- Associated Press - Sunday, May 11, 2014

JACKSONVILLE, Fla. (AP) - Robbie and Doug Smith were preparing for a round-the-world sailboat cruise in 1982 when they and their Jacksonville-based boat temporarily took in a few troubled boys to work on the water.

They never went on that cruise.

What was supposed to be a yearlong detour turned into a 32-year career. Since the couple founded the Safe Harbor Maritime Academy, a Christian therapeutic boarding school for boys, they have helped about 1,100 at-risk boys turn their lives around.

But last year, Doug Smith, 61, had a stroke, which led him and his wife, 57, to ponder the future. They said in a recent interview that they love their “boys,” but the slower pace and freedom of retirement beckoned.

“I’m too old for this,” Doug Smith said.

So on June 30, they will turn over day-to-day operations to former staffer Dustin Johnson, whom they brought back to lead the privately funded academy’s second act.

“We’re tired,” Robbie Smith said. “It’s time.”

Robbie Smith is a licensed mental health counselor. Her husband is a licensed clinical pastoral counselor and an ordained minister.

At Safe Harbor, located on the banks of the St. Johns River near Blount Island, boys ages 14 to 17 find direction via the Smith doctrine of structure and stability, discipline and caring. They learn maritime skills and receive vocational training while studying for their high school diploma.

Some of the school’s 30 donated boats are used as sleeping quarters for the boys. Others are used in the school’s maritime career training program or for scuba-diving certification, one of the extracurricular rewards available for students who behave well and fulfill their responsibilities.

The school has about 15 boys at any one time, mostly from the East Coast. Most stay a year, some as long as four. About a third of graduates enter military service and about 70 percent further their education after leaving.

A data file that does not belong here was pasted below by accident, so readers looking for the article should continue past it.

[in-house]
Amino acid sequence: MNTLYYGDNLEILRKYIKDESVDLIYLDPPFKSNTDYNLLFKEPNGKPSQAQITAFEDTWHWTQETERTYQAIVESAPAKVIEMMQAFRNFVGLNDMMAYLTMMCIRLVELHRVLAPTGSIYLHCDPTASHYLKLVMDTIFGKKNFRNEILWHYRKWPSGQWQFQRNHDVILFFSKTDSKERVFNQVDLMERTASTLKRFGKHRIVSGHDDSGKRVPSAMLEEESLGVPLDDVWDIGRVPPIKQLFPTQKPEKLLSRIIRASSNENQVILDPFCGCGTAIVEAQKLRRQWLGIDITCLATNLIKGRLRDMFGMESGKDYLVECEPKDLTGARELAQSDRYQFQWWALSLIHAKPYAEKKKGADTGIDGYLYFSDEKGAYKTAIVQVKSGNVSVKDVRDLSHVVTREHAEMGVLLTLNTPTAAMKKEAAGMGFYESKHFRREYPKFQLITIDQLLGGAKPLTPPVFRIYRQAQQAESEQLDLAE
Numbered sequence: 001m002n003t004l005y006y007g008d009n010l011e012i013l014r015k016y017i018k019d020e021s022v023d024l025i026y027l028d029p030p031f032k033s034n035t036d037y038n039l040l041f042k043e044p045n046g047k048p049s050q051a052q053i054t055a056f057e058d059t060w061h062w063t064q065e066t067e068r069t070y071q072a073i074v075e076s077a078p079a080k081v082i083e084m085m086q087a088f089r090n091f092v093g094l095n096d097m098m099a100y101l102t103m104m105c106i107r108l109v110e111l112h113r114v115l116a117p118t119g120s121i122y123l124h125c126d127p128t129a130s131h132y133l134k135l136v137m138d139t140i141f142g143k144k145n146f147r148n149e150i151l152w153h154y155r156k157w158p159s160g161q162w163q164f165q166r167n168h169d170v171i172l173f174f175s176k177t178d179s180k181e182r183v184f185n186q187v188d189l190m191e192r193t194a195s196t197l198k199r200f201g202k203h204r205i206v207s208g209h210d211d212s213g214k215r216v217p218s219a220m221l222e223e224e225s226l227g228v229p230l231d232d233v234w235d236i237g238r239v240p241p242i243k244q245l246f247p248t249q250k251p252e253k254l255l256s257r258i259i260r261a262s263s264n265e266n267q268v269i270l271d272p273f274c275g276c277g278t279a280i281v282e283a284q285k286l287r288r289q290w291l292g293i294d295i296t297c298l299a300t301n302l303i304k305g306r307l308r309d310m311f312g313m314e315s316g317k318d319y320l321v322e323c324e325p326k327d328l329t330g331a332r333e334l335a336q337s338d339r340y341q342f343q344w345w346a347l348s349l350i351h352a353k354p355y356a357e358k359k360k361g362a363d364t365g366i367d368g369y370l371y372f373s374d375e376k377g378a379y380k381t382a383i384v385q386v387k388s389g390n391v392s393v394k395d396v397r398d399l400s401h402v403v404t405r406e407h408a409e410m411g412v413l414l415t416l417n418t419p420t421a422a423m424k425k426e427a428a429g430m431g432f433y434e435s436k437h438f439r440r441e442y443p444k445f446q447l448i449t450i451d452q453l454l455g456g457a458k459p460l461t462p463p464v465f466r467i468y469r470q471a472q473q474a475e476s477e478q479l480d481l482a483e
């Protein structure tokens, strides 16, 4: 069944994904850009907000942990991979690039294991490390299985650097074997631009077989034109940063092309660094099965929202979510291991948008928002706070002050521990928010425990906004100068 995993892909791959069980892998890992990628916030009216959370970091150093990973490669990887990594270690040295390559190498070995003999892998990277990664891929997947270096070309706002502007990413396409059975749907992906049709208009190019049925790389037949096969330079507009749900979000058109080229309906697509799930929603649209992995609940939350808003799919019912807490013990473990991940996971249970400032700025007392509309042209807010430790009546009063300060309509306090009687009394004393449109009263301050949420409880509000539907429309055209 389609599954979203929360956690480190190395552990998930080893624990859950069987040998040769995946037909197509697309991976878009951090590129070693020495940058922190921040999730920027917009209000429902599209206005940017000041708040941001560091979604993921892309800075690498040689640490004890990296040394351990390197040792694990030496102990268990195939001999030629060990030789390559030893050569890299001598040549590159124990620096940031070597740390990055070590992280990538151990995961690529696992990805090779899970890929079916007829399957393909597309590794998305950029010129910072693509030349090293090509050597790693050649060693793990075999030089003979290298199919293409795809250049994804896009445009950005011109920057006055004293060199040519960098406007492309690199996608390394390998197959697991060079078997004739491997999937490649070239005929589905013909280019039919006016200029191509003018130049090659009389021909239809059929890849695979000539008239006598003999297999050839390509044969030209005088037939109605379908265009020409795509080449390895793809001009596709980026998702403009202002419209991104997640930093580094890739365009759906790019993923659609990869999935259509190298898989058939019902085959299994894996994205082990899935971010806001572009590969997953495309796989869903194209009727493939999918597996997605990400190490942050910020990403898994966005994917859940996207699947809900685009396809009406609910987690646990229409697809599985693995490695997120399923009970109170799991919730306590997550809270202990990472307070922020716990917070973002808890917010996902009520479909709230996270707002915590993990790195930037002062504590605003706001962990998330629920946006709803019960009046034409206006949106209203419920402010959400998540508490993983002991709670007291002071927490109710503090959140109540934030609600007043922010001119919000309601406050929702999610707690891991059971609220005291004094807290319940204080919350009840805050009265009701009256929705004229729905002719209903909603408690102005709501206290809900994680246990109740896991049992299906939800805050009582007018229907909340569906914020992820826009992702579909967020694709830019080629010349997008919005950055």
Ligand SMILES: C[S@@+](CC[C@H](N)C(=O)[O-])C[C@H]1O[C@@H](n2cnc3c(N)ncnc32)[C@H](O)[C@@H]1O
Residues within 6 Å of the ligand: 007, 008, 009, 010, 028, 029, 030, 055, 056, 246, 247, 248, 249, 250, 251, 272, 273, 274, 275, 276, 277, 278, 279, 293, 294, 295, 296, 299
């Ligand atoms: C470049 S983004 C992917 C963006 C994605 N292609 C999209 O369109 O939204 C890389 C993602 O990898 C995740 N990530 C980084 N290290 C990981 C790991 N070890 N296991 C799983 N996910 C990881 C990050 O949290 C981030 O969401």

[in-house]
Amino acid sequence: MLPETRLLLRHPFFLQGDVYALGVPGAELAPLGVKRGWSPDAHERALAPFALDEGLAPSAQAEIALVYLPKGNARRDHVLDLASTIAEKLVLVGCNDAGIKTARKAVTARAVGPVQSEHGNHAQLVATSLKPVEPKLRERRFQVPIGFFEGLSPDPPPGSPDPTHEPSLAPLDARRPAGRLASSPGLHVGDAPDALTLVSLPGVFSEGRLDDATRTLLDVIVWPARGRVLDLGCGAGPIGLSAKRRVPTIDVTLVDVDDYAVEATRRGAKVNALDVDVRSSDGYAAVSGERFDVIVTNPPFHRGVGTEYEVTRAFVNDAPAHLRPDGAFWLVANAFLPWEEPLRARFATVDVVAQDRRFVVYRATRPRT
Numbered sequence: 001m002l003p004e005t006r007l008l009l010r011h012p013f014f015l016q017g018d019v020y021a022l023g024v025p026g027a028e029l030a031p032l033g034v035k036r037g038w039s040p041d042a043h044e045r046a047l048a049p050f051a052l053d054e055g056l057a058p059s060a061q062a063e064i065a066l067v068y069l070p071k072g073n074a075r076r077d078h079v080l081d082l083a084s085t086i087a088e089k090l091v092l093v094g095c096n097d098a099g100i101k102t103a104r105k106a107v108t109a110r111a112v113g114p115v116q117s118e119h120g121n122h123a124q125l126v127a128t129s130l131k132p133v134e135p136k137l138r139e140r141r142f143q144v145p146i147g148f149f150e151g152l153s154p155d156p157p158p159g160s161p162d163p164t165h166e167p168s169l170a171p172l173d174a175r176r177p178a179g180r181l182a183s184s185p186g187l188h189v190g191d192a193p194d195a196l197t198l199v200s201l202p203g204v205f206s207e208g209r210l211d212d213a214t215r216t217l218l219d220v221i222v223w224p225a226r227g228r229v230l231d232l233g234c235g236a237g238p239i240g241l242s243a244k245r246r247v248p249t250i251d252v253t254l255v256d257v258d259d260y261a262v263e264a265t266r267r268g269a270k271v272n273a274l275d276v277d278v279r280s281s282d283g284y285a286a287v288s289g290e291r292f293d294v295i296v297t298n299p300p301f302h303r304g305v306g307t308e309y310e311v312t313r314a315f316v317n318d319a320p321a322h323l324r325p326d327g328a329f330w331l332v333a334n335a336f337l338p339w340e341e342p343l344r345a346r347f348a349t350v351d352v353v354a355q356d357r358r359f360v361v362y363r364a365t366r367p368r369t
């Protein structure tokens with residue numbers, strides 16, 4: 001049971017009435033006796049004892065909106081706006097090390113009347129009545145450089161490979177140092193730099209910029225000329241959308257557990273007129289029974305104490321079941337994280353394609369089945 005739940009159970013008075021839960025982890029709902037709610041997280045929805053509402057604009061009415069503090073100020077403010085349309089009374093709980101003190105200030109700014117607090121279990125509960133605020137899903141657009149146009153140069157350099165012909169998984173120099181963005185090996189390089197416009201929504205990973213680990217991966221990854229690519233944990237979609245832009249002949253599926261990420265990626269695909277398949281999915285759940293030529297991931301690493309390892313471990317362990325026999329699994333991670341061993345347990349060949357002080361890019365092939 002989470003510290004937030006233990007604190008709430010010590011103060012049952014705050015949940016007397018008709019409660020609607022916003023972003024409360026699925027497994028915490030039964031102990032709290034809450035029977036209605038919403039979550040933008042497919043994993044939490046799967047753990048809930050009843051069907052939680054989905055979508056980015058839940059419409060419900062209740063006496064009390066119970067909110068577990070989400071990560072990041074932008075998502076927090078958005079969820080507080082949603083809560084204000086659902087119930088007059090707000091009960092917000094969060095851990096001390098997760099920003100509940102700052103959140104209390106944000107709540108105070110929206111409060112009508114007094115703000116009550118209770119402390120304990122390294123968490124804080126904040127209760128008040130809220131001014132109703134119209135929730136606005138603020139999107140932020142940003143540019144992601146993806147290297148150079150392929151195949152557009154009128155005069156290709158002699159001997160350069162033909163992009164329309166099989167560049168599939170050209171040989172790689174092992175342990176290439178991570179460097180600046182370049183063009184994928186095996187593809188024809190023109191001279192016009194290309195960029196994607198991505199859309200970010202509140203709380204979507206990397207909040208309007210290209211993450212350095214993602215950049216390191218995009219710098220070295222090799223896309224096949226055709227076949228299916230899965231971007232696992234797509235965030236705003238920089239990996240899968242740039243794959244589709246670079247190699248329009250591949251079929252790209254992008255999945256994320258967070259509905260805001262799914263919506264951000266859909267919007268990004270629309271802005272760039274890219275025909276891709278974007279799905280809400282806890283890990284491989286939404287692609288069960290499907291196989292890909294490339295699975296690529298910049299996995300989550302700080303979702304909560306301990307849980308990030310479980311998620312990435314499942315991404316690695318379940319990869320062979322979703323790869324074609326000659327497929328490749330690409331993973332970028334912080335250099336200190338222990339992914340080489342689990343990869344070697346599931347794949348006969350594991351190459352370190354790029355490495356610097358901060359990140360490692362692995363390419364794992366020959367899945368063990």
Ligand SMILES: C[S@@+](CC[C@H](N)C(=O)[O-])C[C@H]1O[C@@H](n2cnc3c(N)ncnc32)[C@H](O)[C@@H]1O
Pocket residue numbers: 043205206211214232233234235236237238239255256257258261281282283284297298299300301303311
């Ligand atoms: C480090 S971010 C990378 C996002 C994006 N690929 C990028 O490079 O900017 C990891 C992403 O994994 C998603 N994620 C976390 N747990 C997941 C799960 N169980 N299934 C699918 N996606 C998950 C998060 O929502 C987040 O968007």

Steve Barnes arrived in 1985 at age 16.

He said he began getting in trouble in middle school, trying to fit in by drinking, smoking marijuana, skipping school and running away. He spent six weeks in a juvenile detention facility, six weeks in inpatient drug treatment. He did “major soul-searching” and became a Christian, but said he still didn’t know how to proceed.

His parents feared a return to his old ways if he came home. Safe Harbor was recommended and Barnes stayed there until his 18th birthday.

“I wasn’t used to the strict discipline, the hard work or the structure. But those were the very things I needed at that time,” Barnes said. “It was a lesson in the ways of life: One must work to achieve, be respectful to gain respect and above all else become a person of integrity, whose word is his bond and someone who takes responsibility for his actions. Those lessons have stayed with me.”

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